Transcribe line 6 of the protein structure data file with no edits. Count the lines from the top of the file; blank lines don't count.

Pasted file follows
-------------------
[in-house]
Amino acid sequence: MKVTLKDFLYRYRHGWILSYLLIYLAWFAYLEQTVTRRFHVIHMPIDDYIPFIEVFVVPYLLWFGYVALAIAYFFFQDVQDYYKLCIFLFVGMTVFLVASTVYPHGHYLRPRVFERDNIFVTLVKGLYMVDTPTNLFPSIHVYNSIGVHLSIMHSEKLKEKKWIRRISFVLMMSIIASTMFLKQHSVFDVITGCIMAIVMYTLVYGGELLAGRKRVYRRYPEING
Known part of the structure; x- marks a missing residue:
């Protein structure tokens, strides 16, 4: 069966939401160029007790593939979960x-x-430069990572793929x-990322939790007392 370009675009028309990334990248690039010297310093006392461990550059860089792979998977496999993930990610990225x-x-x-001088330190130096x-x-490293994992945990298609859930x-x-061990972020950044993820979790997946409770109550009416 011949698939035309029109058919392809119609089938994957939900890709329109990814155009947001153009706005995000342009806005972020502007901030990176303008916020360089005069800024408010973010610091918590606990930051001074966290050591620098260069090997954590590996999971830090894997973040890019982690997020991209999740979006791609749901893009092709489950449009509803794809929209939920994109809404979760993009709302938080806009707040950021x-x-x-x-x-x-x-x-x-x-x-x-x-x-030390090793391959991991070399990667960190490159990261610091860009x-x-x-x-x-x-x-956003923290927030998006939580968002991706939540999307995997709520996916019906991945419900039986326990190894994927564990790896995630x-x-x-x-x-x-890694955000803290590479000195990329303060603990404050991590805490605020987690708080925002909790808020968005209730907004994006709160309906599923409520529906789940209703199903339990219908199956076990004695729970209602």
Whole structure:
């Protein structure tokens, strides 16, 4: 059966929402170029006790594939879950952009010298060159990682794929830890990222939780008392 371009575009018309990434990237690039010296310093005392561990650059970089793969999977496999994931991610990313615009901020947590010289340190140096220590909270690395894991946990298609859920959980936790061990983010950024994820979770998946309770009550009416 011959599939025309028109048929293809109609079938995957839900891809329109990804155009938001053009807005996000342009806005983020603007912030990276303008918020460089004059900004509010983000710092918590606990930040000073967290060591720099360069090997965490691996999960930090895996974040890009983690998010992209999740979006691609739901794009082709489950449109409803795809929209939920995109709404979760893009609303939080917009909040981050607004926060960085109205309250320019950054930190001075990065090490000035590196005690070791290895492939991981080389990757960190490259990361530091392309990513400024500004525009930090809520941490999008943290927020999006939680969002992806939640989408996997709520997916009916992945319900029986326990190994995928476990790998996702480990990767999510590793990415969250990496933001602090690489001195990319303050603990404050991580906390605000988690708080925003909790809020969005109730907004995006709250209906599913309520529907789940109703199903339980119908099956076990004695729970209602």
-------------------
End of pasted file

């Protein structure tokens, strides 16, 4: 059966929402170029006790594939879950952009010298060159990682794929830890990222939780008392 371009575009018309990434990237690039010296310093005392561990650059970089793969999977496999994931991610990313615009901020947590010289340190140096220590909270690395894991946990298609859920959980936790061990983010950024994820979770998946309770009550009416 011959599939025309028109048929293809109609079938995957839900891809329109990804155009938001053009807005996000342009806005983020603007912030990276303008918020460089004059900004509010983000710092918590606990930040000073967290060591720099360069090997965490691996999960930090895996974040890009983690998010992209999740979006691609739901794009082709489950449109409803795809929209939920995109709404979760893009609303939080917009909040981050607004926060960085109205309250320019950054930190001075990065090490000035590196005690070791290895492939991981080389990757960190490259990361530091392309990513400024500004525009930090809520941490999008943290927020999006939680969002992806939640989408996997709520997916009916992945319900029986326990190994995928476990790998996702480990990767999510590793990415969250990496933001602090690489001195990319303050603990404050991580906390605000988690708080925003909790809020969005109730907004995006709250209906599913309520529907789940109703199903339980119908099956076990004695729970209602």